Itâ€™s possible that no one will believe this, but about an hour into â€śLife of the Party,â€ť I figured out that Melissa McCarthy and her husband, Ben Falcone, wrote the screenplay and that Falcone directed it.
I did this without prior knowledge or checking, not through some great flash of critical insight, but because of a family resemblance that anyone could recognize: â€śLife of the Partyâ€ť is a little too much like â€śTammy.â€ť
â€śTammyâ€ť from 2014 was a sentimental picture that turned McCarthy into a laugh-clown-laugh figureÂ â€” something all comedians secretly seem to crave, and the enemy and death of all things funny. Like â€śTammy,â€ť â€śLife of the Partyâ€ť begins with a scene in which she discovers that her husband of many years has been cheating on her, followed by an interlude of McCarthy weeping. Many scenesÂ â€” and I mean many, many scenesÂ â€” consist of people telling McCarthy how wonderful she is, and how much they love her and of her saying, in response, that she thinks theyâ€™re great and loves them, too.
Are you laughing yet?
The setup here is that, following her separation, the wonderful, giving and affectionate Deanna (McCarthy) decides to finish her archeology degree, and so she re-enrolls in her alma mater, which also happens to be the school that her daughter (Molly Gordon) attends. â€śLife of the Partyâ€ť bypasses one possible source of comedyÂ â€” momâ€™s relentless presence drives daughter crazyÂ â€” by making Deanna a welcome addition, one instantly beloved of the daughterâ€™s sorority sisters, who not only think Deannaâ€™s great, but tell her. Repeatedly.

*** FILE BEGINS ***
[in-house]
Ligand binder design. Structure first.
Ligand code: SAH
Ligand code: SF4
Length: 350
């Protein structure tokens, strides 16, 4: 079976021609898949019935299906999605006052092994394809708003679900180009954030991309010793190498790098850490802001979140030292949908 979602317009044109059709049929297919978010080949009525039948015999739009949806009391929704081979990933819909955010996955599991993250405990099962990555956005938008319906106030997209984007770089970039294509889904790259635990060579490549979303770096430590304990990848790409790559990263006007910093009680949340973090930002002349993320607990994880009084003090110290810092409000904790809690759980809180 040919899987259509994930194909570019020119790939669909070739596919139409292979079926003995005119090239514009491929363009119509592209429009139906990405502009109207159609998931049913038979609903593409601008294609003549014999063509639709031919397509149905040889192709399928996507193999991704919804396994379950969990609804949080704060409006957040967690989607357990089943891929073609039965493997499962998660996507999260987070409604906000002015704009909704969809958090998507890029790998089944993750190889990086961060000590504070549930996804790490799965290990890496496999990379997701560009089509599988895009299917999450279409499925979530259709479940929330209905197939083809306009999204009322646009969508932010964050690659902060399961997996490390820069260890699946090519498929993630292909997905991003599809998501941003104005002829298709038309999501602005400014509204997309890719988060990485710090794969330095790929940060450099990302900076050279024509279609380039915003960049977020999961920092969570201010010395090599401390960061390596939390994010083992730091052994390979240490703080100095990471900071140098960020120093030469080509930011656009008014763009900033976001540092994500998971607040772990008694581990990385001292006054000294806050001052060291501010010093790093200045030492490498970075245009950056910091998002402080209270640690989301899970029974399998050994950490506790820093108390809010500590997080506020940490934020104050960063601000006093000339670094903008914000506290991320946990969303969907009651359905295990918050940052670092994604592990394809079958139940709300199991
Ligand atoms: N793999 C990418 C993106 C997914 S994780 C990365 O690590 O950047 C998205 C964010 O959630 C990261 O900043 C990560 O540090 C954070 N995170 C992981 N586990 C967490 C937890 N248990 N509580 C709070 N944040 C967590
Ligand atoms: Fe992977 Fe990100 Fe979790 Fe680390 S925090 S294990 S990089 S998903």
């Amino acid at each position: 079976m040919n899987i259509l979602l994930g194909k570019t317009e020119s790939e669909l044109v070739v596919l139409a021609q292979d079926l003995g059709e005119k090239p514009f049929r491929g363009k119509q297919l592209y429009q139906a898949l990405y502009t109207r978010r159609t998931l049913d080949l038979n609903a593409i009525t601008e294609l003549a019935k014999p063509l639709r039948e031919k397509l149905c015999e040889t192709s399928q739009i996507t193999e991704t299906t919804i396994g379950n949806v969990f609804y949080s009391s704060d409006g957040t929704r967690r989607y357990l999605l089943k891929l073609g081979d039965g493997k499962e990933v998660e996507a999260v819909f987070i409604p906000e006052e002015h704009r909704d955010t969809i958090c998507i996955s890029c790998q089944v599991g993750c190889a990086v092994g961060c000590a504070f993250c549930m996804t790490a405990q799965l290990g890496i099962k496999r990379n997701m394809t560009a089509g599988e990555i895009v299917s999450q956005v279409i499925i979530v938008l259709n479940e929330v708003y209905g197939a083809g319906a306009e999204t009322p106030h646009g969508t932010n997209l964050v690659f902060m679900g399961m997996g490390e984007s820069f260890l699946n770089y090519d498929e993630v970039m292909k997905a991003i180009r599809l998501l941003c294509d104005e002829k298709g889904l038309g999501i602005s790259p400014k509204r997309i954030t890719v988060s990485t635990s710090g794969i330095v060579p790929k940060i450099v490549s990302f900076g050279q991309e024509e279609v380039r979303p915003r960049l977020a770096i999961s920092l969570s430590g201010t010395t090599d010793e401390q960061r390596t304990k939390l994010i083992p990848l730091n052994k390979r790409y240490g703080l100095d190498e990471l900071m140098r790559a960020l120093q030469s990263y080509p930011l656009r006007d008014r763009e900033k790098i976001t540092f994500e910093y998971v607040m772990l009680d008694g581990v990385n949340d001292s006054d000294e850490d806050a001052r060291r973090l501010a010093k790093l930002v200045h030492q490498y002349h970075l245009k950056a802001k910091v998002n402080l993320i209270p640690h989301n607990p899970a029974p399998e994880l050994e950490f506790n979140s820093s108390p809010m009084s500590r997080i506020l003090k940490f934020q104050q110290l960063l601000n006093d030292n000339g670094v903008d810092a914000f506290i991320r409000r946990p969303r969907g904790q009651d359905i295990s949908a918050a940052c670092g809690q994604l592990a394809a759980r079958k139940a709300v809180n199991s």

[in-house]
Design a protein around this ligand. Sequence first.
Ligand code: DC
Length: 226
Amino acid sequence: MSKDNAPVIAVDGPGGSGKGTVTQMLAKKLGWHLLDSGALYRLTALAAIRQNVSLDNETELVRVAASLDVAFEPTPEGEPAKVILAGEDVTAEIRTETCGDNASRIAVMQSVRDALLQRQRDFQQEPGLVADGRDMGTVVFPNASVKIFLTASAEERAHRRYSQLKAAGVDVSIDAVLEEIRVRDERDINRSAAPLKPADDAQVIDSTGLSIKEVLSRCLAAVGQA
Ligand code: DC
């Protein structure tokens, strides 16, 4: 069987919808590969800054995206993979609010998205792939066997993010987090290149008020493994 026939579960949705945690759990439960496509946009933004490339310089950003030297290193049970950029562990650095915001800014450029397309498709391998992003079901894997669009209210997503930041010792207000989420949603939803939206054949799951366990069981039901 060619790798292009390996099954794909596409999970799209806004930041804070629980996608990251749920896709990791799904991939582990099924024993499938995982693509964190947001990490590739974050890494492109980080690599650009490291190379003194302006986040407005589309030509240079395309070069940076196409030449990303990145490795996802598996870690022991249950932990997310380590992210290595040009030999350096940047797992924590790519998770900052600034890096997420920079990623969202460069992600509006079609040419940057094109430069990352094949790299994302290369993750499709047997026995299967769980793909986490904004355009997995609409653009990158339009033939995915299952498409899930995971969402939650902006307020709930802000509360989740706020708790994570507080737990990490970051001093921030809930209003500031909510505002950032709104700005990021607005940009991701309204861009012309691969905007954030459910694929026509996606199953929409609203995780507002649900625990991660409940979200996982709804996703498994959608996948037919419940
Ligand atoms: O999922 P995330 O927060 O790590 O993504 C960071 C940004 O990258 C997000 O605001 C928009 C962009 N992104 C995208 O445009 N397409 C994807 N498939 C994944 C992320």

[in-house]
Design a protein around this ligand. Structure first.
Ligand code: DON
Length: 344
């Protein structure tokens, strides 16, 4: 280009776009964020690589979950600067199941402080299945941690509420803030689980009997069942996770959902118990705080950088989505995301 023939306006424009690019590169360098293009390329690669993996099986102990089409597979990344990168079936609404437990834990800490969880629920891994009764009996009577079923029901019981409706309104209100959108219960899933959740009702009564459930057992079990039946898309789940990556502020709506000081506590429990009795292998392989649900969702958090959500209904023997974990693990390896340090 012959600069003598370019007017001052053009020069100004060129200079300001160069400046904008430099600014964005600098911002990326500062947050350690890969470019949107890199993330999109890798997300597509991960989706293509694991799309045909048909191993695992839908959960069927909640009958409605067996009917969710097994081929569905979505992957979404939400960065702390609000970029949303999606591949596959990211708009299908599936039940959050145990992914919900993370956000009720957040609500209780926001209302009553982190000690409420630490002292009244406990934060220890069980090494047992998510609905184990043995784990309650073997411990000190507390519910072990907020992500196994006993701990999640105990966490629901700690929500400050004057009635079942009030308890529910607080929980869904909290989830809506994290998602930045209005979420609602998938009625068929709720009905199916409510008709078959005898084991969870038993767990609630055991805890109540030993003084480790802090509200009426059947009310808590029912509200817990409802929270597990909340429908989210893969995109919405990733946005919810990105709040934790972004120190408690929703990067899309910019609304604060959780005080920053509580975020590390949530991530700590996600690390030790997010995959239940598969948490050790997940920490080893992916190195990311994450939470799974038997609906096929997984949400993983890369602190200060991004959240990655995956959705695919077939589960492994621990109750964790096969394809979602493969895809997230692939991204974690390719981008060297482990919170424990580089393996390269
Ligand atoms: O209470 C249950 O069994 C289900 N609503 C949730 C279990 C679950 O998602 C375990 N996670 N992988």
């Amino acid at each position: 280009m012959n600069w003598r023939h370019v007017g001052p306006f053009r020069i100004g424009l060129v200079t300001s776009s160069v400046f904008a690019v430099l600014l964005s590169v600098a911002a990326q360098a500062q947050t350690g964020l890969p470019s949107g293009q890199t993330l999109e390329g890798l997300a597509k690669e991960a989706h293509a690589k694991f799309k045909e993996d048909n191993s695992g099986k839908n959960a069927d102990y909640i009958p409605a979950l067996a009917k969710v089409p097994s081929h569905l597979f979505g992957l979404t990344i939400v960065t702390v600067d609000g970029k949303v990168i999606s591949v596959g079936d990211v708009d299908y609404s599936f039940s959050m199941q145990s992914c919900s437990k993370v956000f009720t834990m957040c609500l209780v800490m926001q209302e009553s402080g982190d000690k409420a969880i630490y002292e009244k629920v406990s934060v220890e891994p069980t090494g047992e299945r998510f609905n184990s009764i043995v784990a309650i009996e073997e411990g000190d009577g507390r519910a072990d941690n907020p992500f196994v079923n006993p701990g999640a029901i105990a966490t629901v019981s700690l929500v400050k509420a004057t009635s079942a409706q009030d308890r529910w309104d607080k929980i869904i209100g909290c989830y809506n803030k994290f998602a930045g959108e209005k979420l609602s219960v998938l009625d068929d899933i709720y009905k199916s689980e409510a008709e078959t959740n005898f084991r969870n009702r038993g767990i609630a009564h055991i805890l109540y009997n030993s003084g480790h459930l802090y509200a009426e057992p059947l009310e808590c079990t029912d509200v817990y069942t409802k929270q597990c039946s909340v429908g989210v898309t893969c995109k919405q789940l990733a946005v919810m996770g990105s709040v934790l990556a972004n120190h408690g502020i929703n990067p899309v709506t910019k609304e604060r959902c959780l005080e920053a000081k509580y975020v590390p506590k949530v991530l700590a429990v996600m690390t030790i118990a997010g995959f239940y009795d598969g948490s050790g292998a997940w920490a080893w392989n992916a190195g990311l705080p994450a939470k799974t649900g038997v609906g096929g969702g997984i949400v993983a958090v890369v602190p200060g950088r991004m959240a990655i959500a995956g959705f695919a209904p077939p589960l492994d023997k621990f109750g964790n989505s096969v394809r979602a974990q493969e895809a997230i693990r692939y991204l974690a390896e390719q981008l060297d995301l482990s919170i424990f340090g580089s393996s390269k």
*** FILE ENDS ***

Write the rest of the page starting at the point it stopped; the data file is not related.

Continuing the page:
Unfortunately, there are comic limits to a character whose only note is sweetness. Thereâ€™s a scene in which Deanna and her soon-to-be- ex-husband are going through arbitration as part of the divorce settlement. To the negotiating table, she brings her best friend (played by Maya Rudolph) and it says something about the skewed nature of this comedy that Rudolph is the funniest person in the scene.
How strange. McCarthy is hilarious in every movie sheâ€™s in, except in the ones that she and her husband create for her.
The screenplay is also strange. It goes out of its way to avoid conflict or drama or crisis, and it fails to provide a single narrative reason to keep watching from one scene to the next. â€śLife of the Partyâ€ť presents a situation more than a story, and in that itâ€™s more like a sitcom than a conventional movie. It shows various things that can happen when a mother attends her daughterâ€™s school, but you can almost take the scenes and shuffle their order, and nothing much would change.
Actually, if there is a structure, it might be this: The movie seems to be organized so that the weakest scenes come first and the funniest scenes come later. So â€śLife of the Partyâ€ť gets better as it goes along. The movie gets mileage out of Deannaâ€™s sexual relationship with a handsome student half her age, milking the gag in ways that are increasingly funny. And thereâ€™s one genuinely hilarious scene that takes place in a restaurant, in which all the principal characters come together in unexpected ways. Yet, not surprisingly, McCarthy is the least funny person in it.
One can imagine the argument for this. Perhaps Falcone and McCarthy think that a movie such as â€śLife of the Partyâ€ť gives her a chance to expand her range, but whereâ€™s the expansion? Into sentimentality? Into not being funny?
The almost good news is that in â€śLife of the Partyâ€ť they still manage, even with their best asset (McCarthy) practically neutralized, to come up with enough laughs to squeak by. But this same premise, in the hands of a different writer and director, could have been funnier.